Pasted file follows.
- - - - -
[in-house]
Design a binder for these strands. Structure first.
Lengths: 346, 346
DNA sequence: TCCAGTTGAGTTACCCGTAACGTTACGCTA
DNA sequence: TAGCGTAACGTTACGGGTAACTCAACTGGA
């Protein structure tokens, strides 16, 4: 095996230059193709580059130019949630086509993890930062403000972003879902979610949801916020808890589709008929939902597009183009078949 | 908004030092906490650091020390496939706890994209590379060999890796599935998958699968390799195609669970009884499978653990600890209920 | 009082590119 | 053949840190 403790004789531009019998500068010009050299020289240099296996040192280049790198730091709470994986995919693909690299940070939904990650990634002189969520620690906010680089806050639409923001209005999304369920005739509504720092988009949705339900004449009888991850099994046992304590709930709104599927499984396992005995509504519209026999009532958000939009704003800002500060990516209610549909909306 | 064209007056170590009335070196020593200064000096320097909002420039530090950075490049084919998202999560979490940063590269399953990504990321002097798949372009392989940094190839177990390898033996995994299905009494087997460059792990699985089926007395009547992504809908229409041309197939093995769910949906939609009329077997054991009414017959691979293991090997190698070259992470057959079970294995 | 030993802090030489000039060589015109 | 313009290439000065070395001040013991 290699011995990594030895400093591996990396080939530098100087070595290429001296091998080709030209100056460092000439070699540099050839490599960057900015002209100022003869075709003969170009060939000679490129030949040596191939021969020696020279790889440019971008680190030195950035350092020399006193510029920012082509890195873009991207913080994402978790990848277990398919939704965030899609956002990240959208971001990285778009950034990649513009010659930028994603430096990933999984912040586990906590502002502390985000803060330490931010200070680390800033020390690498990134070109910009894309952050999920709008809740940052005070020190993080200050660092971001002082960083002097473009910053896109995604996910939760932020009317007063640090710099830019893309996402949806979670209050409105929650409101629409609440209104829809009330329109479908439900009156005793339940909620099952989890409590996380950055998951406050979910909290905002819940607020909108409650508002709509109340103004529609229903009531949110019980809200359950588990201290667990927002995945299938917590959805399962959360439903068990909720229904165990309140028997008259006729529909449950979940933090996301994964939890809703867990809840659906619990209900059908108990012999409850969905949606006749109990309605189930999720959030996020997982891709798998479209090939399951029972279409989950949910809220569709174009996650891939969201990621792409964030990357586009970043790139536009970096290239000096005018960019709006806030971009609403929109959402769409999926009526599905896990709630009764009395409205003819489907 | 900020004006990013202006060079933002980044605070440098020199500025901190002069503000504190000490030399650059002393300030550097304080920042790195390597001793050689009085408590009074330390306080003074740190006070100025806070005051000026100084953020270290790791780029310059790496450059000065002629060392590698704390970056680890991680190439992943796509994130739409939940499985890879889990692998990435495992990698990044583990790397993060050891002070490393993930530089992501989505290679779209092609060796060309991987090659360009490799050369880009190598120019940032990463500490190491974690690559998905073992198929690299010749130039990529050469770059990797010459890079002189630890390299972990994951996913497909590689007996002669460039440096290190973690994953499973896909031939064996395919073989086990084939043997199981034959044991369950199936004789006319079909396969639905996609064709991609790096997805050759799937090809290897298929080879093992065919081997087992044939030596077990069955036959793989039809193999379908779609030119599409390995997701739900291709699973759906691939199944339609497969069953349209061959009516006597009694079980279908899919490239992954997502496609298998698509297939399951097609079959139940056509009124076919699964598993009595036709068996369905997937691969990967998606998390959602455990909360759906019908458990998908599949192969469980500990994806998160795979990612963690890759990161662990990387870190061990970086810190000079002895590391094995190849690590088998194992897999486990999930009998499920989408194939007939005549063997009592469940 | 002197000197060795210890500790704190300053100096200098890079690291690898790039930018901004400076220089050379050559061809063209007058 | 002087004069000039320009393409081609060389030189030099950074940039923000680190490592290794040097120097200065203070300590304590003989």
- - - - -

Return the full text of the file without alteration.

[in-house]
Design a binder for these strands. Structure first.
Lengths: 346, 346
DNA sequence: TCCAGTTGAGTTACCCGTAACGTTACGCTA
DNA sequence: TAGCGTAACGTTACGGGTAACTCAACTGGA
């Protein structure tokens, strides 16, 4: 095996230059193709580059130019949630086509993890930062403000972003879902979610949801916020808890589709008929939902597009183009078949 | 908004030092906490650091020390496939706890994209590379060999890796599935998958699968390799195609669970009884499978653990600890209920 | 009082590119 | 053949840190 403790004789531009019998500068010009050299020289240099296996040192280049790198730091709470994986995919693909690299940070939904990650990634002189969520620690906010680089806050639409923001209005999304369920005739509504720092988009949705339900004449009888991850099994046992304590709930709104599927499984396992005995509504519209026999009532958000939009704003800002500060990516209610549909909306 | 064209007056170590009335070196020593200064000096320097909002420039530090950075490049084919998202999560979490940063590269399953990504990321002097798949372009392989940094190839177990390898033996995994299905009494087997460059792990699985089926007395009547992504809908229409041309197939093995769910949906939609009329077997054991009414017959691979293991090997190698070259992470057959079970294995 | 030993802090030489000039060589015109 | 313009290439000065070395001040013991 290699011995990594030895400093591996990396080939530098100087070595290429001296091998080709030209100056460092000439070699540099050839490599960057900015002209100022003869075709003969170009060939000679490129030949040596191939021969020696020279790889440019971008680190030195950035350092020399006193510029920012082509890195873009991207913080994402978790990848277990398919939704965030899609956002990240959208971001990285778009950034990649513009010659930028994603430096990933999984912040586990906590502002502390985000803060330490931010200070680390800033020390690498990134070109910009894309952050999920709008809740940052005070020190993080200050660092971001002082960083002097473009910053896109995604996910939760932020009317007063640090710099830019893309996402949806979670209050409105929650409101629409609440209104829809009330329109479908439900009156005793339940909620099952989890409590996380950055998951406050979910909290905002819940607020909108409650508002709509109340103004529609229903009531949110019980809200359950588990201290667990927002995945299938917590959805399962959360439903068990909720229904165990309140028997008259006729529909449950979940933090996301994964939890809703867990809840659906619990209900059908108990012999409850969905949606006749109990309605189930999720959030996020997982891709798998479209090939399951029972279409989950949910809220569709174009996650891939969201990621792409964030990357586009970043790139536009970096290239000096005018960019709006806030971009609403929109959402769409999926009526599905896990709630009764009395409205003819489907 | 900020004006990013202006060079933002980044605070440098020199500025901190002069503000504190000490030399650059002393300030550097304080920042790195390597001793050689009085408590009074330390306080003074740190006070100025806070005051000026100084953020270290790791780029310059790496450059000065002629060392590698704390970056680890991680190439992943796509994130739409939940499985890879889990692998990435495992990698990044583990790397993060050891002070490393993930530089992501989505290679779209092609060796060309991987090659360009490799050369880009190598120019940032990463500490190491974690690559998905073992198929690299010749130039990529050469770059990797010459890079002189630890390299972990994951996913497909590689007996002669460039440096290190973690994953499973896909031939064996395919073989086990084939043997199981034959044991369950199936004789006319079909396969639905996609064709991609790096997805050759799937090809290897298929080879093992065919081997087992044939030596077990069955036959793989039809193999379908779609030119599409390995997701739900291709699973759906691939199944339609497969069953349209061959009516006597009694079980279908899919490239992954997502496609298998698509297939399951097609079959139940056509009124076919699964598993009595036709068996369905997937691969990967998606998390959602455990909360759906019908458990998908599949192969469980500990994806998160795979990612963690890759990161662990990387870190061990970086810190000079002895590391094995190849690590088998194992897999486990999930009998499920989408194939007939005549063997009592469940 | 002197000197060795210890500790704190300053100096200098890079690291690898790039930018901004400076220089050379050559061809063209007058 | 002087004069000039320009393409081609060389030189030099950074940039923000680190490592290794040097120097200065203070300590304590003989």